Academic Librarian Competency as Defined in the Library and Information Science Journal Literature of 2001‒2005 and 2011

Jennifer Lyn Soutter

Abstract


Competency definitions continue to become more popular in Library and Information Science (LIS) and are being used not only to describe library positions but also as a means of assessment. This study investigates competency in the LIS academic context using English language peer-reviewed articles from the LIS journal literature for 2001‒2005, with findings tested by the later inclusion of 2011 data. A quadripartite definition consisting of cognitive, functional, behavioral, and meta-competence elements is used as a template against which to explore definition creation and use. Results offer a template for critical analysis of competency as found within the LIS journal literature. The methodology used, one of coding, reveals a commonality to discussions of competency within these articles — reflecting a more holistic understanding than expected. But authors’ highlighted competency definitions tend not to parallel the discussion in their respective articles, as shown by the lack of inclusion of multiple elements from the same quadripartite definition.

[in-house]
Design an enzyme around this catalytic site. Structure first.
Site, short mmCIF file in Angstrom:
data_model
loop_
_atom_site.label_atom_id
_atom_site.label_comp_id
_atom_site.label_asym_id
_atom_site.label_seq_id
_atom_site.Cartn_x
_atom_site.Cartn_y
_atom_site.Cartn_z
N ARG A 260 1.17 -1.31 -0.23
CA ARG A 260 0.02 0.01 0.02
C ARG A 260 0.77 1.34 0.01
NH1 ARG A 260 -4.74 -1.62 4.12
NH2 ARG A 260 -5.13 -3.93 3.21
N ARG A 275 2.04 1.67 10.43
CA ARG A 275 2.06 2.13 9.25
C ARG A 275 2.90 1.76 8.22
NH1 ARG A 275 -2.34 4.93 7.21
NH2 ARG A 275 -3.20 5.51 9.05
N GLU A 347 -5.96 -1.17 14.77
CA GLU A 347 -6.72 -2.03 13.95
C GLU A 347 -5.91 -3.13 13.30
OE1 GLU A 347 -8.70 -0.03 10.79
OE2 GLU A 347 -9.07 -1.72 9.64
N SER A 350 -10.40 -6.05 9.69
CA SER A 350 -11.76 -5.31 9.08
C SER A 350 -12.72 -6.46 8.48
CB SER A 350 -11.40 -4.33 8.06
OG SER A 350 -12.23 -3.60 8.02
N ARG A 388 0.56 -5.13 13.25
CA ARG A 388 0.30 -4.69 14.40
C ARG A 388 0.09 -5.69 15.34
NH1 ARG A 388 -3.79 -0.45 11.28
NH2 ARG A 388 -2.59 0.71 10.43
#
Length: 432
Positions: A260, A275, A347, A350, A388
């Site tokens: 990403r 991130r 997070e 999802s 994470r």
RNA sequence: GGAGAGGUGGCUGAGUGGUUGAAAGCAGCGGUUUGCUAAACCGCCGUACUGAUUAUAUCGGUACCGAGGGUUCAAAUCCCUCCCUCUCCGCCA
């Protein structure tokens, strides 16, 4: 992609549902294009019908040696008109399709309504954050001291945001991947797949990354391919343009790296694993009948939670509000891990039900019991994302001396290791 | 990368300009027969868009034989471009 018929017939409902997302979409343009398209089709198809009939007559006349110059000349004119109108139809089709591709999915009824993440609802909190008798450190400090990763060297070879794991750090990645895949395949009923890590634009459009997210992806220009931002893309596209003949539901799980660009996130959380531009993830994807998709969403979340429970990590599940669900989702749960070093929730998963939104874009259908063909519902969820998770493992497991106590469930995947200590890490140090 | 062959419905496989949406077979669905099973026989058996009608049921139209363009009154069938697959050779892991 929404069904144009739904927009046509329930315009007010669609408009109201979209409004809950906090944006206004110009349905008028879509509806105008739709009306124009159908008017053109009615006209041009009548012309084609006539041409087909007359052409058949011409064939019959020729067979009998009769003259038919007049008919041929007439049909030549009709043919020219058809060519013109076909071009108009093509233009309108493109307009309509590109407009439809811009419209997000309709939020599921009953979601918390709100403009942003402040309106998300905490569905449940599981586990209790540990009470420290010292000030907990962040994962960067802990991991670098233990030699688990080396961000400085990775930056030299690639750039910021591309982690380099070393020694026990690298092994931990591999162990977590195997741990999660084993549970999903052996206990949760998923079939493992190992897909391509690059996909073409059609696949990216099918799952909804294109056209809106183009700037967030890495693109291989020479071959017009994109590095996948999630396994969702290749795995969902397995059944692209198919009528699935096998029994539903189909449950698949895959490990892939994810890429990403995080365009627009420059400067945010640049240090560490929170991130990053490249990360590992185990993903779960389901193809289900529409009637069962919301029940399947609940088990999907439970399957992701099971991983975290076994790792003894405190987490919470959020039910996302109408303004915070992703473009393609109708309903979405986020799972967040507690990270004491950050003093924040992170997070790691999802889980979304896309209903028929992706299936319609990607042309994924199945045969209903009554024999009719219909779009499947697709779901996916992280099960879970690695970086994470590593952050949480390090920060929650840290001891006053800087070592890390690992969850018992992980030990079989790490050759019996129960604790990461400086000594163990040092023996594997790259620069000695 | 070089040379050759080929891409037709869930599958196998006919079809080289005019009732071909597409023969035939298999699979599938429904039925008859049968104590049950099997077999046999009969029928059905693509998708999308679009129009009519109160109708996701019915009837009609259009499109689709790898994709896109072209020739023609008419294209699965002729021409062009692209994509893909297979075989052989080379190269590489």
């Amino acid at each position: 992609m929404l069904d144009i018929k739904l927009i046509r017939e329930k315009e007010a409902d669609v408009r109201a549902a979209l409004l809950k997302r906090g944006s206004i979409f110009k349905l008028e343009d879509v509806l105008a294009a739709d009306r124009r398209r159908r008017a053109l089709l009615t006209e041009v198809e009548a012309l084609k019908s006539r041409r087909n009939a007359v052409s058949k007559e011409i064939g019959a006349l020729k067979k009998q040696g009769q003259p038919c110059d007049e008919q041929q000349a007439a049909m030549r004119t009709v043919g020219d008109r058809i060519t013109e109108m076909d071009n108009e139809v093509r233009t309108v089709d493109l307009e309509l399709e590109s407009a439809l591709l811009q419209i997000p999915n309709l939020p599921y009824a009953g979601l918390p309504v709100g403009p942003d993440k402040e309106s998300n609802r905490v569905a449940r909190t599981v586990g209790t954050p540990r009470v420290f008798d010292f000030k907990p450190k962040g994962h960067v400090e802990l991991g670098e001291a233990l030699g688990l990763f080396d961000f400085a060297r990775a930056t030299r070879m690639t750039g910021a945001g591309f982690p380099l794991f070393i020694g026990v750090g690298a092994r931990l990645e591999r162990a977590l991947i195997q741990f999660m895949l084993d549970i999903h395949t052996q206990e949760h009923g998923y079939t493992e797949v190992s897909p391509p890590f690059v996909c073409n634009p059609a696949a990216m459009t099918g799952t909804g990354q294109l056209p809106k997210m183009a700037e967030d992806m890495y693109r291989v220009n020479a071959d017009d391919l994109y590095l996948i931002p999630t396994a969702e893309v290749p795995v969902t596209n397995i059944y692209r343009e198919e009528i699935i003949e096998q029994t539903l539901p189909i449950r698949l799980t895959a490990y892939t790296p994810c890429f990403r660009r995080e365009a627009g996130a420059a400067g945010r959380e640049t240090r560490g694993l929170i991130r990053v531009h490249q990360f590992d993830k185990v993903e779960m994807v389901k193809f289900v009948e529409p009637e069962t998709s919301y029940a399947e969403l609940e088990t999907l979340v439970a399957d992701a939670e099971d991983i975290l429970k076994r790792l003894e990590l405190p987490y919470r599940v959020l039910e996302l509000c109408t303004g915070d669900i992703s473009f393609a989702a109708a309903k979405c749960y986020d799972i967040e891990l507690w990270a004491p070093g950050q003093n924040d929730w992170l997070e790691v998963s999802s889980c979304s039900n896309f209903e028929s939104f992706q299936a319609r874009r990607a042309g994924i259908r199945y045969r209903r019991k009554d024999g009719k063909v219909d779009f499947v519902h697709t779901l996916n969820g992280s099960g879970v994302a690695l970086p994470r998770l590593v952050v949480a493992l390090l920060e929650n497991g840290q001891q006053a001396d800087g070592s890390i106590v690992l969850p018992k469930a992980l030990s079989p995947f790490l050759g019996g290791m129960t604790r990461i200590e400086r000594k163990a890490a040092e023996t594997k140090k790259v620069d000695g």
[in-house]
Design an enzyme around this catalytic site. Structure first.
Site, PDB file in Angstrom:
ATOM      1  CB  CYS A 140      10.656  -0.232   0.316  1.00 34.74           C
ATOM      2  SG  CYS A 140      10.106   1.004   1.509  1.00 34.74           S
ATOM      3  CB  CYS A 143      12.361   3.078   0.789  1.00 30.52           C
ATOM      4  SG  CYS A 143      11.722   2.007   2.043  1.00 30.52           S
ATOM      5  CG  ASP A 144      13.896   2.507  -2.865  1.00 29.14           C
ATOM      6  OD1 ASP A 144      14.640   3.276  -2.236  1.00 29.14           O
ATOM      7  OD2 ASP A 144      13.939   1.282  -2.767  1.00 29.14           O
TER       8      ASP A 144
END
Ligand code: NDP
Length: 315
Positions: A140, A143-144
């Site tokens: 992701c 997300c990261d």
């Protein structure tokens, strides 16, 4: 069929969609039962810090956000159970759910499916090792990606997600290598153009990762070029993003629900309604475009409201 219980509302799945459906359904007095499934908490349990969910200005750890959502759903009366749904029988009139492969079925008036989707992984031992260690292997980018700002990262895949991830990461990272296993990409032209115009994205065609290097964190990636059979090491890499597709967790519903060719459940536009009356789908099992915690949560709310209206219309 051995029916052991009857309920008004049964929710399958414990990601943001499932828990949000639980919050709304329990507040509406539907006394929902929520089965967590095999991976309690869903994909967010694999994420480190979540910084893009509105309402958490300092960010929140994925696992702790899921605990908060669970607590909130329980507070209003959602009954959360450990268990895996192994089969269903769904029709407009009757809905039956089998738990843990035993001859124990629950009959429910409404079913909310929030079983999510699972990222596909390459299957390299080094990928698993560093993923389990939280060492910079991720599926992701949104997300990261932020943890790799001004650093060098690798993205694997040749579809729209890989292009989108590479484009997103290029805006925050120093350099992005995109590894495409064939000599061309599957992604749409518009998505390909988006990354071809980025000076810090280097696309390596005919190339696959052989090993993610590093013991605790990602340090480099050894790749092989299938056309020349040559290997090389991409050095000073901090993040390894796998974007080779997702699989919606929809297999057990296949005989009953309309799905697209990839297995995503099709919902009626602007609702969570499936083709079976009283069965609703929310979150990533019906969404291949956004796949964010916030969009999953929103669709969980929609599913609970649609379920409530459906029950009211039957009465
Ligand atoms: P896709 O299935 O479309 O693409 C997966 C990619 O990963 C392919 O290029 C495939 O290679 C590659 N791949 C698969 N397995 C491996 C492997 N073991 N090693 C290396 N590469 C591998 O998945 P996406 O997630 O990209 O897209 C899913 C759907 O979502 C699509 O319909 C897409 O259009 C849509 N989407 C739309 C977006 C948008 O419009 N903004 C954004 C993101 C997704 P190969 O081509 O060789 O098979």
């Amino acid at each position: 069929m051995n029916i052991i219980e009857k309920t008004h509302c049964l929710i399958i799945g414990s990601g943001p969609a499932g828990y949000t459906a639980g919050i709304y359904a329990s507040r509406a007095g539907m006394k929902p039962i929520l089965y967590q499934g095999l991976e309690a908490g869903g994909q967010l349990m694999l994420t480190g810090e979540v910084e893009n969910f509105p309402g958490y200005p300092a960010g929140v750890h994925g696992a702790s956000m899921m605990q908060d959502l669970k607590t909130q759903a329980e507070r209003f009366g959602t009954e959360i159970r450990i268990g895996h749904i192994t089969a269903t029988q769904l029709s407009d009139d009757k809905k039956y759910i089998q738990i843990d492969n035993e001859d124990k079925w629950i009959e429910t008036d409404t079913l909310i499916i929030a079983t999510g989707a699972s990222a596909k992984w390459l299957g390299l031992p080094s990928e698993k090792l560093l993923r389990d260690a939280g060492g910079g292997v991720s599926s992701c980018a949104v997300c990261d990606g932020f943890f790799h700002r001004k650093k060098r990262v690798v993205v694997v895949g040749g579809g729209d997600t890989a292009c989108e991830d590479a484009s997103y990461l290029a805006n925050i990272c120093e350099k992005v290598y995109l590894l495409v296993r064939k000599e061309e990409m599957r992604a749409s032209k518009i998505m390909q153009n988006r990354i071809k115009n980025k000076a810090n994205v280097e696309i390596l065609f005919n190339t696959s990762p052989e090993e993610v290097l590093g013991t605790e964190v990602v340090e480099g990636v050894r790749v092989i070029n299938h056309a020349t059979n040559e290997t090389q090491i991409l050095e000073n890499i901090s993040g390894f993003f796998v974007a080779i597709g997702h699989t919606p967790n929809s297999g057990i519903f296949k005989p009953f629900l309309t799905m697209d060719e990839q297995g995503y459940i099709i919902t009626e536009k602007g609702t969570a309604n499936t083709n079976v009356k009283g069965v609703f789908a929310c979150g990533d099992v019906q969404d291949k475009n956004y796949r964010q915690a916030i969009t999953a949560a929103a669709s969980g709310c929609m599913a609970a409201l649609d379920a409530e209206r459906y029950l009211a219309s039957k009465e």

Keywords


competency theory; competency definition; competency typology; librarianship; academic librarians; higher education librarians

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DOI: http://dx.doi.org/10.21083/partnership.v8i1.1991

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Partnership: the Canadian Journal of Library and Information Practice and Research (ISSN: 1911-9593)